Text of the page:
A federal appeals court has told cable to close a terrestrial loophole it's been using to withhold some programming from its competition. The U.S. District Court of Washington, D.C. squashed opposition from Comcast and Cablevision to an FCC edict that would finally open up local sports and other programming to satellite and telco competitors.
Cable operators had been using a so-called "terrestrial loophole" in the 1992 cable act to circumvent rules that mandate sharing programming with the competition. The loophole let operators restrict programming that was not beamed to satellite so if cable systems moved content via microwave, fiber or other terrestrial means it could block access by satellite and telco competitors. In January the FCC said the loophole should close.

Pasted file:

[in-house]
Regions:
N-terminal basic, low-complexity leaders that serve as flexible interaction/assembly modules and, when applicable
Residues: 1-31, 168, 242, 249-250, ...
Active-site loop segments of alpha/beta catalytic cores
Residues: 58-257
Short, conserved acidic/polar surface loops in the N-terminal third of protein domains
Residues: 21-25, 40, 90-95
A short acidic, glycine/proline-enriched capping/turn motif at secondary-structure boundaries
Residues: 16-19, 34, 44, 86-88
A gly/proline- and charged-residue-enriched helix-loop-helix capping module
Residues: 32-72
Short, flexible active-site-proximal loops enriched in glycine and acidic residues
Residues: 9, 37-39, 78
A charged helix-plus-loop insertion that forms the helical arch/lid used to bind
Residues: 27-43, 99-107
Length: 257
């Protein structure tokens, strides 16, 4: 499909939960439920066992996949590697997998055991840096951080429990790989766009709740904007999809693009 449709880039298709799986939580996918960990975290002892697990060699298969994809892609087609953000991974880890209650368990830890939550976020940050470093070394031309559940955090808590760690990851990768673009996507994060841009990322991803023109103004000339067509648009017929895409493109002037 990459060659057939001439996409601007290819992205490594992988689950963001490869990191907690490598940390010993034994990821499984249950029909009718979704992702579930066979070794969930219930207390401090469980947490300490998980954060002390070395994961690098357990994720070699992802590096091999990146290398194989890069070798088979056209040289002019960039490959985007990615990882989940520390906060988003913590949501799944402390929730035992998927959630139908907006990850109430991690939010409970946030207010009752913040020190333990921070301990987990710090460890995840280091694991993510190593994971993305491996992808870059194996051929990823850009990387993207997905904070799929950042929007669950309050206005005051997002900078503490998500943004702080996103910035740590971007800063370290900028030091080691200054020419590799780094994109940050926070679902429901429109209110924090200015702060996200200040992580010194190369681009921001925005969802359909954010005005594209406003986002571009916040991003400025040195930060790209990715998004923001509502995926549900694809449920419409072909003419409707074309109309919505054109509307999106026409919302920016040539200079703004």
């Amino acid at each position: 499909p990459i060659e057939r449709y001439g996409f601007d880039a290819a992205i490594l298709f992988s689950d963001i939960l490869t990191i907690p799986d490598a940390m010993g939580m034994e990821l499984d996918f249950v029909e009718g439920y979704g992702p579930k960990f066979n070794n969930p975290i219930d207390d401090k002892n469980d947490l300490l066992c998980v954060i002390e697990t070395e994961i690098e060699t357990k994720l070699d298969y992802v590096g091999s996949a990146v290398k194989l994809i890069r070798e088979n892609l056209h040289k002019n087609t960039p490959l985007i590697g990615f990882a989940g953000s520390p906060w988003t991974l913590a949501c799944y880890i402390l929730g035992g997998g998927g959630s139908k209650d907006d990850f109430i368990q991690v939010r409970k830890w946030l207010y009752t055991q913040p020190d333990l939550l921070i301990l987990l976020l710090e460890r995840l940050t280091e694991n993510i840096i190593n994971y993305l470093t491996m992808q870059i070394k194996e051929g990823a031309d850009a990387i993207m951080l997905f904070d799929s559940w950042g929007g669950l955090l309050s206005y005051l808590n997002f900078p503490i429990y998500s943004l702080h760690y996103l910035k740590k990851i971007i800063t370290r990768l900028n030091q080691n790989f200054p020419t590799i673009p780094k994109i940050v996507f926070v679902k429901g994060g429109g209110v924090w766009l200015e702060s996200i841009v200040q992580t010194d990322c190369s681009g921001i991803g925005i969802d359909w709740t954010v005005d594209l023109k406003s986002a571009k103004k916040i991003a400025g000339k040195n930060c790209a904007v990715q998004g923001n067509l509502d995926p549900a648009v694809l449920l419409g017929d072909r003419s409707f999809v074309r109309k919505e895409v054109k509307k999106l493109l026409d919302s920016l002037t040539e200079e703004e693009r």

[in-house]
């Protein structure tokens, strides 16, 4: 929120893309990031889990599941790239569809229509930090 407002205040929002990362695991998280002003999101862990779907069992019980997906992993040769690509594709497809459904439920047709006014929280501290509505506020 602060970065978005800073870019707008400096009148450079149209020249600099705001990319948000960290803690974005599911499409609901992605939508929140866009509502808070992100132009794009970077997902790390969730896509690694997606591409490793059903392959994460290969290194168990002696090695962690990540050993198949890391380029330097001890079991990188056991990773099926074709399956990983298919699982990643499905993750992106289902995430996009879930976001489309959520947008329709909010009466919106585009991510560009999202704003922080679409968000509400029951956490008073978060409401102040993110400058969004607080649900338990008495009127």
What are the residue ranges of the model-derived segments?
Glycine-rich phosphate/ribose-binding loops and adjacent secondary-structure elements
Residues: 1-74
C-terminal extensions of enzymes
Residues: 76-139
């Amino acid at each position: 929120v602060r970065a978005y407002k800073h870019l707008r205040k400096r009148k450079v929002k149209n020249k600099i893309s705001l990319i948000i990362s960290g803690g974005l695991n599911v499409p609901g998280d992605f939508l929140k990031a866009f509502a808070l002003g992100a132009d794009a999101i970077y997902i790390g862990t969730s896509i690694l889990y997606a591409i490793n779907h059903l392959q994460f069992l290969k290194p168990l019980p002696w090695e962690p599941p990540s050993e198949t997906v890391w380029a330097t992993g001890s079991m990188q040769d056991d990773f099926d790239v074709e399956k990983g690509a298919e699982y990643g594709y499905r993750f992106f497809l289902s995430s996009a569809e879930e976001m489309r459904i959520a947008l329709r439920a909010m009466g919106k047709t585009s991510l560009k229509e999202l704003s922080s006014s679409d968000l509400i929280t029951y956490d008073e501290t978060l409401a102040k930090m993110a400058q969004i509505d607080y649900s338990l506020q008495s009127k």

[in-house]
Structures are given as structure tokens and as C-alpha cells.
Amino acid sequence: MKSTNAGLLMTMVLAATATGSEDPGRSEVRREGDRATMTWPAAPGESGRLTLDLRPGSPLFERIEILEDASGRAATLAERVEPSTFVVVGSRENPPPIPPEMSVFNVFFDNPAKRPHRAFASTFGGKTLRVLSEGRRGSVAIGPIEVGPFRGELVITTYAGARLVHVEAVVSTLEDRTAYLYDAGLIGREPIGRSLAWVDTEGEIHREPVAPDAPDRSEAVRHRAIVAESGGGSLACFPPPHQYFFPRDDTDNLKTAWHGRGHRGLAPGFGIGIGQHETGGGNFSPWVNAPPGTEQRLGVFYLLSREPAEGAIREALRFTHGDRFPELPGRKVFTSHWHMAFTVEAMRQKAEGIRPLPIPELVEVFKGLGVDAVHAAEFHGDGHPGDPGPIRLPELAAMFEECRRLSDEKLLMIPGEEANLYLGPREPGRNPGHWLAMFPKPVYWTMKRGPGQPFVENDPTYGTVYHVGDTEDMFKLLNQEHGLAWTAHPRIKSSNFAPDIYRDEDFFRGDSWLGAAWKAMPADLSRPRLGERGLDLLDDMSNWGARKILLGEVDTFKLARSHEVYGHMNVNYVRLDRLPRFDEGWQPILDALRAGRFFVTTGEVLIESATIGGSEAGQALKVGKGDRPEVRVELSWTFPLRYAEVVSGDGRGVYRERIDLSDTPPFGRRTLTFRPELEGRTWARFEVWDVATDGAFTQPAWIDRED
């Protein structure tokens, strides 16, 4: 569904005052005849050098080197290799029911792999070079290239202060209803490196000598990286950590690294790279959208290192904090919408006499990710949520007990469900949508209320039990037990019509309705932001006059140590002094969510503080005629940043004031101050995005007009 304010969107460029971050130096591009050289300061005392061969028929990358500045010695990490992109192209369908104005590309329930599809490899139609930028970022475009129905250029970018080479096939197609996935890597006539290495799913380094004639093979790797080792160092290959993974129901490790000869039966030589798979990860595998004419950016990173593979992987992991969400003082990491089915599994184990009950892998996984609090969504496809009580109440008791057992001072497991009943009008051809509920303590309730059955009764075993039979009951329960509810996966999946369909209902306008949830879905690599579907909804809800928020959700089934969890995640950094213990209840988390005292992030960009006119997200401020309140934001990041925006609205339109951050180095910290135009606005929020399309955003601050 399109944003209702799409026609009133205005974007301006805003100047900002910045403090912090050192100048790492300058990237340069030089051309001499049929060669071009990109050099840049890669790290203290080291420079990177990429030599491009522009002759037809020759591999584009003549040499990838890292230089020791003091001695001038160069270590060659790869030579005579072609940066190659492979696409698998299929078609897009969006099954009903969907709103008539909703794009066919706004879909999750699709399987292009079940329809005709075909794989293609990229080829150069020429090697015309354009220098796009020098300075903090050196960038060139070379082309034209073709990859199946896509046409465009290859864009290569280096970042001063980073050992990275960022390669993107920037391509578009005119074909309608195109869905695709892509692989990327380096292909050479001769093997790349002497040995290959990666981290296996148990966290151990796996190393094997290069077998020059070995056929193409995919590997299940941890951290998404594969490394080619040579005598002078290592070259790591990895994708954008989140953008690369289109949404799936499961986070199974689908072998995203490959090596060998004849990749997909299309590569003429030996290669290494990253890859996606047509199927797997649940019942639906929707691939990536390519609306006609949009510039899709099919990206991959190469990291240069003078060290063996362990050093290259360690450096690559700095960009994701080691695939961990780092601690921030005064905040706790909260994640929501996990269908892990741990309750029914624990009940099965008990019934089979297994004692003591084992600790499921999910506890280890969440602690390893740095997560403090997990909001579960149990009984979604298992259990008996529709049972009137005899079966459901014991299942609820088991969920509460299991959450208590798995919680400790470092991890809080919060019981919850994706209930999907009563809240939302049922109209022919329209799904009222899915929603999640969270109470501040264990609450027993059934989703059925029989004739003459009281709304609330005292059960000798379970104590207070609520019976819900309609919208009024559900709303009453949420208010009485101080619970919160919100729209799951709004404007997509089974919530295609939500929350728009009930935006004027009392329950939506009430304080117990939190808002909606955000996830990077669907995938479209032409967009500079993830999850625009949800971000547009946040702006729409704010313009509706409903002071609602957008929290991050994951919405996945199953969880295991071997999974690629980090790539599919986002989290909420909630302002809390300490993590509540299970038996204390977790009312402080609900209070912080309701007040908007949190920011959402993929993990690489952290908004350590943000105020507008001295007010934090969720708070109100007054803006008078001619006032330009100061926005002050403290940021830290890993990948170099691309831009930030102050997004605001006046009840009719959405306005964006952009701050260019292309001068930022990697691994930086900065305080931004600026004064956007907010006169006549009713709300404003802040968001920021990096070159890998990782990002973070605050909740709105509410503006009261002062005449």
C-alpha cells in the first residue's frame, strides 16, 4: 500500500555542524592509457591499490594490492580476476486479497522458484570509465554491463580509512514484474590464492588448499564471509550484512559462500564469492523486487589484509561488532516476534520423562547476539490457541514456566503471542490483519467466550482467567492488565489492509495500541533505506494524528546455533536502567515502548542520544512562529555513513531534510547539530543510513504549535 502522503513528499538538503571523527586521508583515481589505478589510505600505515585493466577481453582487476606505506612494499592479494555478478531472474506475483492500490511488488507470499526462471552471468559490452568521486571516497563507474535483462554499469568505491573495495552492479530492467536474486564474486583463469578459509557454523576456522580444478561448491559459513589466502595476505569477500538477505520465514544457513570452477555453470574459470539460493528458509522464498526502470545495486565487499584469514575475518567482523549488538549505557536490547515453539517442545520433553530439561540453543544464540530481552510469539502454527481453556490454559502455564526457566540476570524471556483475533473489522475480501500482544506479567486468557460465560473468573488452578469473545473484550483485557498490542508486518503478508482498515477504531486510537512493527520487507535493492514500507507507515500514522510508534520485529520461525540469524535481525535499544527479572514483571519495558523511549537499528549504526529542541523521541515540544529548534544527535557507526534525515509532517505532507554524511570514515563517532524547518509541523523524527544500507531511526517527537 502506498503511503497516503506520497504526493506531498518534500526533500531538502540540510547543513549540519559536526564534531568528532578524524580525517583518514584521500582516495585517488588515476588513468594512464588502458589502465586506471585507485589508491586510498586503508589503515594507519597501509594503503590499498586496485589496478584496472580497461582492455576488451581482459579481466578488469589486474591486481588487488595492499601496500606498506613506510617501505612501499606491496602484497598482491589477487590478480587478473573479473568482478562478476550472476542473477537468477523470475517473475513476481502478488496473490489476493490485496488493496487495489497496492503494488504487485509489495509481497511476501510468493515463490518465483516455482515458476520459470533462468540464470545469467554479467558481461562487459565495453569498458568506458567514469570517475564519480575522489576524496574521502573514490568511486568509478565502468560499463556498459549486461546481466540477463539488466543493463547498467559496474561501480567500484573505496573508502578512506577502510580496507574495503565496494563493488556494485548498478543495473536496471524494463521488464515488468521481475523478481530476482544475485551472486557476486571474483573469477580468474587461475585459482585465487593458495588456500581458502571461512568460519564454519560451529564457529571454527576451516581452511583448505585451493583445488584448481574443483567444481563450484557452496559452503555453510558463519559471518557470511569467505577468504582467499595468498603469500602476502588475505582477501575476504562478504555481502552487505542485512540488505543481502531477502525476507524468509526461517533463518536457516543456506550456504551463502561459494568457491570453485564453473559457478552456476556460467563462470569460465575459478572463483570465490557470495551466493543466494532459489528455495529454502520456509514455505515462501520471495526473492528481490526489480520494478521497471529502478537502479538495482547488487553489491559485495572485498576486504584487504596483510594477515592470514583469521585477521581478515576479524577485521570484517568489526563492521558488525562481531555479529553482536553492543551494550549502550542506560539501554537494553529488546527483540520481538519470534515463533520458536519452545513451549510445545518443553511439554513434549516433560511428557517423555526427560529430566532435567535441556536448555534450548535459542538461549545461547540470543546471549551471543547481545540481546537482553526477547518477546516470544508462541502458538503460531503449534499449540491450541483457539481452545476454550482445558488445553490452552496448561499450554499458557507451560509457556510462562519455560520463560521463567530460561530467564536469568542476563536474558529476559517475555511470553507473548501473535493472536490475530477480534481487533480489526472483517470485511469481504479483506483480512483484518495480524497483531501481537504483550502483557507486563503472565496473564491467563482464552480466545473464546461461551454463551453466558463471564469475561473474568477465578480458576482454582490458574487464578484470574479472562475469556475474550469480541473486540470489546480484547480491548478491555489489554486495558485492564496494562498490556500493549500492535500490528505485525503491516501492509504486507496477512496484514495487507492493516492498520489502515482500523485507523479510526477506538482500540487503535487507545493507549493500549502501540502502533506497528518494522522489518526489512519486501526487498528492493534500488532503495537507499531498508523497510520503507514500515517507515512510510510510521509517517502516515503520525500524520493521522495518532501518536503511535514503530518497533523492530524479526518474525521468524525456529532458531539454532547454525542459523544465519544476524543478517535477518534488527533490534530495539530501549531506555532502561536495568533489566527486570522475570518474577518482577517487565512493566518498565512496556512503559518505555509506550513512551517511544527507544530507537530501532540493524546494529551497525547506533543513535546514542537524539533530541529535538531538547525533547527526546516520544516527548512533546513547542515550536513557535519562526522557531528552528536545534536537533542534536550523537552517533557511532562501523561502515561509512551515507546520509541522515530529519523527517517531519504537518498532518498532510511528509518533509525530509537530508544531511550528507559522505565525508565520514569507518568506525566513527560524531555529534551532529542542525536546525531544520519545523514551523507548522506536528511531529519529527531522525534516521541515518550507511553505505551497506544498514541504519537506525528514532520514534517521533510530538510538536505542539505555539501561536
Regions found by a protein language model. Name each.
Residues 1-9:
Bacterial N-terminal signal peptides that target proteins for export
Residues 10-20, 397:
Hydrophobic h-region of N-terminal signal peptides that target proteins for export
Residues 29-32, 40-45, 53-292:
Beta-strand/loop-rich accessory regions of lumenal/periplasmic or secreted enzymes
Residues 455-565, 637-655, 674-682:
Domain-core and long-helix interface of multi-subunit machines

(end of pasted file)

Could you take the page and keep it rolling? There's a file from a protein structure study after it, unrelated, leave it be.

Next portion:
As expected, Verizon and DirecTV hailed the court's decision with Verizon saying it "protects consumers' ability to view the programs they demand as they gain new choices among video providers." Comcast said it was "disappointed" and Cablevision said the rules are "based on an outdated and obsolete view of the competitive landscape."
- see this story
FCC: Cable lock on local content unfair
Orange's content strategy was dealt a regulatory blow
The Dept. of Justice said it would examine cable content practices
Verizon complained about Cablevision programming practices
We predicted telcos would launch their own local channels. Maybe not